The space agency’s free new computer program turns amateur astronomers and citizen scientists into professional-grade asteroid hunters
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“Space,” beloved science-fiction author Douglas Adams famously wrote, “is big. You just won't believe how vastly, hugely, mind-bogglingly big it is.”
In fact, space is so big that scientists at NASA and their equivalents around the globe often have a hard time identifying and recording all the different stuff floating around in it. There’s just so much out there, and so many people looking from different angles at different times through different telescopes, it’s hard to keep track of what’s what.
It’s with that problem in mind that NASA this week announced the release of a high-powered asteroid hunting algorithm—in the form of a free desktop application—to the general public. The agency hopes that amateur astronomers around the world will use this tool to augment the often disparate efforts to identify new chunks of rock in the vast expanse of space, and floating dangerously close to the Earth, as well.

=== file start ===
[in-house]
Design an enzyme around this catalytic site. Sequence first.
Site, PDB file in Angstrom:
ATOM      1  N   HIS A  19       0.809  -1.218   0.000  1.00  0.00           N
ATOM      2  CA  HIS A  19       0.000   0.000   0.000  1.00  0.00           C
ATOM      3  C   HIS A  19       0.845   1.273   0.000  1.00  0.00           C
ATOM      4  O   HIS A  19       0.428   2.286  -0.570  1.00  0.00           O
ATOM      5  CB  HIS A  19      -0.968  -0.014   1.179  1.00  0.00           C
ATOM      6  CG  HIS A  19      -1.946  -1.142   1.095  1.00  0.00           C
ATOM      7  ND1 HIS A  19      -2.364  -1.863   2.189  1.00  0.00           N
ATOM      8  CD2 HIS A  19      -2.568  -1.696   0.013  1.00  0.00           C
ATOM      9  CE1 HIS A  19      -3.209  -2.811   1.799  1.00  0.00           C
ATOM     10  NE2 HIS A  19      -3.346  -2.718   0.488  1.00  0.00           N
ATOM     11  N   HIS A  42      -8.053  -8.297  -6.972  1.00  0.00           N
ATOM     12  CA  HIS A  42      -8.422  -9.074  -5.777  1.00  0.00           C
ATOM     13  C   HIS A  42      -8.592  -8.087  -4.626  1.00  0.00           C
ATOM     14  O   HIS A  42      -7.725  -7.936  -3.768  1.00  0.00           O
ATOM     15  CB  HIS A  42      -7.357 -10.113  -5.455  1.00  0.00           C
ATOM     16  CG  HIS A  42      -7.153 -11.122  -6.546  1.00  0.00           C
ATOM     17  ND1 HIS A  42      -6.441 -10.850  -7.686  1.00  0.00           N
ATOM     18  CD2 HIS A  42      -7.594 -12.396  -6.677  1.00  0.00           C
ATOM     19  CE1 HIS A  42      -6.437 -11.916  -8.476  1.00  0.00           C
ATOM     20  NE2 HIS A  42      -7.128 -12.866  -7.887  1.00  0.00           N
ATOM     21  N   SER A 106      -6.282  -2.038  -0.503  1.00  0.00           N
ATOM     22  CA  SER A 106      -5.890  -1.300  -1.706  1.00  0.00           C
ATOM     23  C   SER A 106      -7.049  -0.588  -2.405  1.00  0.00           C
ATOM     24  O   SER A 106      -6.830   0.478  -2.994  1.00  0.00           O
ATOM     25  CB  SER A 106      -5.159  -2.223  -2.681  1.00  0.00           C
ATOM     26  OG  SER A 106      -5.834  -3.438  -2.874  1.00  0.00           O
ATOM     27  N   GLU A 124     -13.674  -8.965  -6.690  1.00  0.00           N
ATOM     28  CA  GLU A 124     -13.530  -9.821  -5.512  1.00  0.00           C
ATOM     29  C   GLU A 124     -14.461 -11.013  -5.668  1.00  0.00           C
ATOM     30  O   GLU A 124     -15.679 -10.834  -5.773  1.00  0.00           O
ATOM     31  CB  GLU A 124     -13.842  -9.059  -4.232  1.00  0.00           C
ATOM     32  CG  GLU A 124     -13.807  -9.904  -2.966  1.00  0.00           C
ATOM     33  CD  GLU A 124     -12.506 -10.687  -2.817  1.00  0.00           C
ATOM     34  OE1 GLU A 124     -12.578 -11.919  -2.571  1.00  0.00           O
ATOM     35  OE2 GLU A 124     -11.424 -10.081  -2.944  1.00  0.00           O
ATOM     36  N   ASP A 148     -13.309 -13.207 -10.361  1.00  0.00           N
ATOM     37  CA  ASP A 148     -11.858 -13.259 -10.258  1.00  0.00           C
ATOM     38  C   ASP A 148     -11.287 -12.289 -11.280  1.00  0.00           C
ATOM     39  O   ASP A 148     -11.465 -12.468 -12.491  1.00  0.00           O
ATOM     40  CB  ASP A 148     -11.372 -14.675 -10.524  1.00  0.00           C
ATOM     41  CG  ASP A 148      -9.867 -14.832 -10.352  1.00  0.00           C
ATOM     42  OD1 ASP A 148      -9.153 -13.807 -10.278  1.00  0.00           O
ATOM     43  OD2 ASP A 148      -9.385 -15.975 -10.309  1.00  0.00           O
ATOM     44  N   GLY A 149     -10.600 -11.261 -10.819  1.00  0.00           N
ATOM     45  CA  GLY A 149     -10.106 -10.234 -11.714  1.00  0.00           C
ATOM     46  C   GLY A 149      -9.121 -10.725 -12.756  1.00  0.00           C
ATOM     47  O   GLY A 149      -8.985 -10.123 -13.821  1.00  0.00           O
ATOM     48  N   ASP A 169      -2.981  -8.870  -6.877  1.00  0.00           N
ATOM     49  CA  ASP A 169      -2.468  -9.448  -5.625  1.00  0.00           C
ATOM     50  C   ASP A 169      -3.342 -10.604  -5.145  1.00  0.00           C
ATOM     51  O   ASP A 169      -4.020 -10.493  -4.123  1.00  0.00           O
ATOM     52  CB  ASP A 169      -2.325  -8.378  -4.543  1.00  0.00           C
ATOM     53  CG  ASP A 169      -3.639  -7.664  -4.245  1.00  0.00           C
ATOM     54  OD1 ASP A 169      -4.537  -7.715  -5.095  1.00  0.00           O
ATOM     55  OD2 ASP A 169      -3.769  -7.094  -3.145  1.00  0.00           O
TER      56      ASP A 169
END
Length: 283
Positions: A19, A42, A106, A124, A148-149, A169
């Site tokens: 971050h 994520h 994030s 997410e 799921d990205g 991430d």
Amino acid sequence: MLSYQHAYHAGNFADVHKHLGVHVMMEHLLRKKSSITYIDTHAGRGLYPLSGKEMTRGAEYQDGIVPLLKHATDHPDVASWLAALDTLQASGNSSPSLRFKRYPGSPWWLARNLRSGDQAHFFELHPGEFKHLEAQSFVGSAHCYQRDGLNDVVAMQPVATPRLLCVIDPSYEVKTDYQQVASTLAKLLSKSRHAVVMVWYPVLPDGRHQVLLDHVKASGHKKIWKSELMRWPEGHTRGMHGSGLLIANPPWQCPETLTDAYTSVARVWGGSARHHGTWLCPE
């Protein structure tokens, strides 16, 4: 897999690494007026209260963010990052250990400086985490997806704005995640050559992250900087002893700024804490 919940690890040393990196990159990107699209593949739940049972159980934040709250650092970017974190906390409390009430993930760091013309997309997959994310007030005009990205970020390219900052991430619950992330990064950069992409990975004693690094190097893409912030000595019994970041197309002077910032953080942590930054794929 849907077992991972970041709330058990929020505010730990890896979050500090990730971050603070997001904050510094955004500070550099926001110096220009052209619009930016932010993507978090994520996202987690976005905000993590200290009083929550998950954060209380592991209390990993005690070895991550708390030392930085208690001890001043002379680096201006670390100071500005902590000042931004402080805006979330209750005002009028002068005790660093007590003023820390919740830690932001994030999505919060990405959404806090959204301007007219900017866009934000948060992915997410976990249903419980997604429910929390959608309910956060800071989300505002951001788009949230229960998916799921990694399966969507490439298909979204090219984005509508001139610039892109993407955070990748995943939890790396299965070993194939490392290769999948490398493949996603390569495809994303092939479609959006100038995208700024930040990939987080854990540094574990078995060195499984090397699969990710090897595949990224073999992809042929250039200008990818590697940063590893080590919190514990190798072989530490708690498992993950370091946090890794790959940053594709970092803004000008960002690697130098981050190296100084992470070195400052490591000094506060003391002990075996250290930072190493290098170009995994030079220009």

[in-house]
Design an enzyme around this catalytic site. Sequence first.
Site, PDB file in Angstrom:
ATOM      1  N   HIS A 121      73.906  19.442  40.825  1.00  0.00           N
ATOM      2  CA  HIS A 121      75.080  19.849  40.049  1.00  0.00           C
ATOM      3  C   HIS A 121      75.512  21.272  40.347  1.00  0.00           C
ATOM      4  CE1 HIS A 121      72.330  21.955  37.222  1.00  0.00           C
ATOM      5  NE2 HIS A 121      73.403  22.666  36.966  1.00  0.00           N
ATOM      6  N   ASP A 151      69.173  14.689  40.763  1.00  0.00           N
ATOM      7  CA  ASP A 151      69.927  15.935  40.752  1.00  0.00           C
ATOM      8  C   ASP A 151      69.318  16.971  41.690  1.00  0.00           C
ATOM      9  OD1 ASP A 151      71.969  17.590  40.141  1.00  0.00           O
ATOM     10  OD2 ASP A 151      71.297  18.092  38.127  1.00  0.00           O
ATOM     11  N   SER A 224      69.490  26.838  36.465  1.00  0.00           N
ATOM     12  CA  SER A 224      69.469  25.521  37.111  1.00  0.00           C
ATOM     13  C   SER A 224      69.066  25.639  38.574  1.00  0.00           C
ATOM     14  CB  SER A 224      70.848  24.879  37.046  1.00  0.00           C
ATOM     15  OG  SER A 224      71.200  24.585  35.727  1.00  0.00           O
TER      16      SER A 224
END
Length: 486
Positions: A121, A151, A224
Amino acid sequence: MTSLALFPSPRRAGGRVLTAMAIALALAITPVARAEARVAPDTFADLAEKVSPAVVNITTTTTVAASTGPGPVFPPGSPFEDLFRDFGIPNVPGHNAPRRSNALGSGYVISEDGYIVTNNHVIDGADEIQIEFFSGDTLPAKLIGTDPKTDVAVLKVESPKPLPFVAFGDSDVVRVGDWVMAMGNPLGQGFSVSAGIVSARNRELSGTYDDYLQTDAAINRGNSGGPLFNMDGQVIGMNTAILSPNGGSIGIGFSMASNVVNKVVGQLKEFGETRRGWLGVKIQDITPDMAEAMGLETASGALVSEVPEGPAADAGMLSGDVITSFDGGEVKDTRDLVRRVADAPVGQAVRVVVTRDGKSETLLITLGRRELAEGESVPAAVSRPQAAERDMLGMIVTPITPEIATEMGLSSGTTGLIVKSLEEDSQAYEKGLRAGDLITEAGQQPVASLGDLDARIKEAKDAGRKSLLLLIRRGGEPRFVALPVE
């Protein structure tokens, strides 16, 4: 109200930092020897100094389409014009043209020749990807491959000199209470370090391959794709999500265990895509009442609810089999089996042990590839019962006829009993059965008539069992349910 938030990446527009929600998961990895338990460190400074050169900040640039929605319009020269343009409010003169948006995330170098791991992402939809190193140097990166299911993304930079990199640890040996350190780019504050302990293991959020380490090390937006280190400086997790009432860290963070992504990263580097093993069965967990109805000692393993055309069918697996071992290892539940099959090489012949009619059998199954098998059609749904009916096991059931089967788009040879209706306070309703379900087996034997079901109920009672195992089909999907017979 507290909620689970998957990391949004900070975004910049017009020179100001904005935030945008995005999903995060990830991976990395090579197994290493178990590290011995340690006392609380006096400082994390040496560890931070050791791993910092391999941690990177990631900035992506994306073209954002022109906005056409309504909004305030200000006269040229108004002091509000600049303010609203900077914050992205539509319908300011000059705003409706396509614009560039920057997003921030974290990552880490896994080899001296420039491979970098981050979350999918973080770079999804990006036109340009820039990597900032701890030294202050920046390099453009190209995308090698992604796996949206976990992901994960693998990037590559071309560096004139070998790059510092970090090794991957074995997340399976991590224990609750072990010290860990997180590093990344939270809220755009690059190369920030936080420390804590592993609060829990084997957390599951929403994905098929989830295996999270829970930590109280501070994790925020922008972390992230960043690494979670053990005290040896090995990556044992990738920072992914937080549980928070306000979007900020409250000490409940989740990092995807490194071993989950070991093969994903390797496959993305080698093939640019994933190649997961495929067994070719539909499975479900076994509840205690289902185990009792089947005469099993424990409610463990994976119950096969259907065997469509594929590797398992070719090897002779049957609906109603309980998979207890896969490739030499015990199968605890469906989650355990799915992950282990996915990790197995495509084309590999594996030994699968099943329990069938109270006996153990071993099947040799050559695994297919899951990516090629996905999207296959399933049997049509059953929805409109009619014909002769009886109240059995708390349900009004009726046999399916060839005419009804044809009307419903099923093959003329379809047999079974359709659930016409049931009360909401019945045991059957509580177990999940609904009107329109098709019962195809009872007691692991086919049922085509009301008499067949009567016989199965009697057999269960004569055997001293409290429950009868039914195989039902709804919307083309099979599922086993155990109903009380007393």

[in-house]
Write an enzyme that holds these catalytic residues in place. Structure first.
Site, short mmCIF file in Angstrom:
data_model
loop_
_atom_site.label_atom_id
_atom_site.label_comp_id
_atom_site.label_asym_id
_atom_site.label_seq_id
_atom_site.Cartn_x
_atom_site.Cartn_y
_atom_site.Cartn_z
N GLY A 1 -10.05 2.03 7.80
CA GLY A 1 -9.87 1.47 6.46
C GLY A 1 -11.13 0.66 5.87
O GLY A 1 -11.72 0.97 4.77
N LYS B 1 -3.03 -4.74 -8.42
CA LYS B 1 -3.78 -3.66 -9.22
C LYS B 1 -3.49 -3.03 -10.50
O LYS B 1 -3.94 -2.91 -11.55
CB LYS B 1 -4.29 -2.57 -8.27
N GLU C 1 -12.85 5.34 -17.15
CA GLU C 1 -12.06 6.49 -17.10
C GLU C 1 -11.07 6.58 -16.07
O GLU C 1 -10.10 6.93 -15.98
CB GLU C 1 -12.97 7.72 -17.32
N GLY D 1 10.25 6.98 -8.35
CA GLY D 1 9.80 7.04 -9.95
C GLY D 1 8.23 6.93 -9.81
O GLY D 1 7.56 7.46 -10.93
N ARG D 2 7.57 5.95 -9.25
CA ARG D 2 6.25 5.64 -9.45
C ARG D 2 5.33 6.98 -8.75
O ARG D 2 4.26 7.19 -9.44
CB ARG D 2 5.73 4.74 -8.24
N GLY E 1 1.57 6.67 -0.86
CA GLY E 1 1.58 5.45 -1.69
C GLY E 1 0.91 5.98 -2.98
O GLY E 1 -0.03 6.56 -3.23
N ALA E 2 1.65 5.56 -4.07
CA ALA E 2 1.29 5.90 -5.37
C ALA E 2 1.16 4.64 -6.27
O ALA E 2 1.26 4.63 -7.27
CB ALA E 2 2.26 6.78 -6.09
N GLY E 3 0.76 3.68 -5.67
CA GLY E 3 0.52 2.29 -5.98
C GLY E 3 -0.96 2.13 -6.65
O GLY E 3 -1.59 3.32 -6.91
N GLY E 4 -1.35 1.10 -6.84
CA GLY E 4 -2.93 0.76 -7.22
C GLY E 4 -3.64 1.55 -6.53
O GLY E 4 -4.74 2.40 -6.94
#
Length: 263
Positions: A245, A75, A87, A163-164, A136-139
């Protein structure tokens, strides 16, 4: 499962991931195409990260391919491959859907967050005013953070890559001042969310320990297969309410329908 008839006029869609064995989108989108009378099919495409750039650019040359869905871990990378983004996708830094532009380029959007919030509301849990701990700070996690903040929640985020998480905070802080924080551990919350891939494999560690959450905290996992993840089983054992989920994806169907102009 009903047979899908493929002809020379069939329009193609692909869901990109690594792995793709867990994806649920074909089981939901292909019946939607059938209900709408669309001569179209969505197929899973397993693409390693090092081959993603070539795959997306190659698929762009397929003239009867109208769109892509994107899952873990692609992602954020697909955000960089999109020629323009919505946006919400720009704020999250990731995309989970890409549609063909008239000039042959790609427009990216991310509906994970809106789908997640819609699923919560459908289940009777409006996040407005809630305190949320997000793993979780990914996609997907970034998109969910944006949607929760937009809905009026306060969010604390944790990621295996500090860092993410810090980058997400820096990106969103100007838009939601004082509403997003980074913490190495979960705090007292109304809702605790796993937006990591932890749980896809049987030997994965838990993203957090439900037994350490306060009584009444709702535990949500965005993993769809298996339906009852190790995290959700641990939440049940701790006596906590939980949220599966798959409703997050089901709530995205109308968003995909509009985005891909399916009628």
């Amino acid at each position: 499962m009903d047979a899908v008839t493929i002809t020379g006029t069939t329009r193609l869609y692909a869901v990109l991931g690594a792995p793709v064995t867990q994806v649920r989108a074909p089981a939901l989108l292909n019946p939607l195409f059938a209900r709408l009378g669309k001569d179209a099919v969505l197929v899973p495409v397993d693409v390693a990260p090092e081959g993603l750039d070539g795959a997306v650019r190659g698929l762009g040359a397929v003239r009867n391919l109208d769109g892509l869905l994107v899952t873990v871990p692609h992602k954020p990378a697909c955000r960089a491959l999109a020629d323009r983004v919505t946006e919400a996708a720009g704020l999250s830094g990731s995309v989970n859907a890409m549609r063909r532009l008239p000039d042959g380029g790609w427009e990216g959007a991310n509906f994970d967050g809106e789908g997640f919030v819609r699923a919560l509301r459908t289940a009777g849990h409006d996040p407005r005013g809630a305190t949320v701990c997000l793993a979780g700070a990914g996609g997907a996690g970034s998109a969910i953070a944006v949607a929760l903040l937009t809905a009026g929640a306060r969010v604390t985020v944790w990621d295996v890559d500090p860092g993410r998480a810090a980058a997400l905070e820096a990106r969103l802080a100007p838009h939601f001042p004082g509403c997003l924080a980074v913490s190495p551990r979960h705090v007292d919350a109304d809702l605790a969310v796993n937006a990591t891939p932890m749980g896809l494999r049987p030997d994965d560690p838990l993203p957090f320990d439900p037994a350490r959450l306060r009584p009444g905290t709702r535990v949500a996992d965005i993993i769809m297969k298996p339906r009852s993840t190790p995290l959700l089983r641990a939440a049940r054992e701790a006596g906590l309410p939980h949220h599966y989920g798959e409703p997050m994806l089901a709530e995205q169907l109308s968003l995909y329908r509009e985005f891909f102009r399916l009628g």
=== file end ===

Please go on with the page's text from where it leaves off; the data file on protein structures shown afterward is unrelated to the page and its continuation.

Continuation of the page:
The computer program was created through NASA’s Asteroid Data Hunter challenge, itself a part of the space administration’s larger Asteroid Grand Challenge, and was done in partnership with the Redmond, Washington-based Planetary Resources Inc. The contest, explains a NASA release, was launched at last year’s South By Southwest conference, to develop more sophisticated means of detecting and identifying asteroids by way of land-based telescopes.
Using information provided in part by The Harvard-Smithsonian Center for Astrophysics' Minor Planet Center, as well as the University of Arizona's Catalina Sky Survey project, NASA's computer program will enable anyone with a telescope analyze images for potential asteroids, as well as determine if a positive hit is, in fact, a previously-identified chunk of rock, instead.
NASA claims that by using this new algorithm they’ve already seen a fifteen percent increase in positively identified new asteroids, and hope to see that number go up even higher with their release of the desktop application to the general public. As Planetary Resources president and chief engineer Chris Lewicki explains:
“We applaud all the participants in the Asteroid Data Hunter challenge. We are extremely encouraged by the algorithm created and it’s already making a difference. This increase in knowledge will help assess more quickly which asteroids are potential threats, human destinations or resource rich”
Threats, destinations, and resources. Three good reasons to download NASA’s new program, and start watching the skies.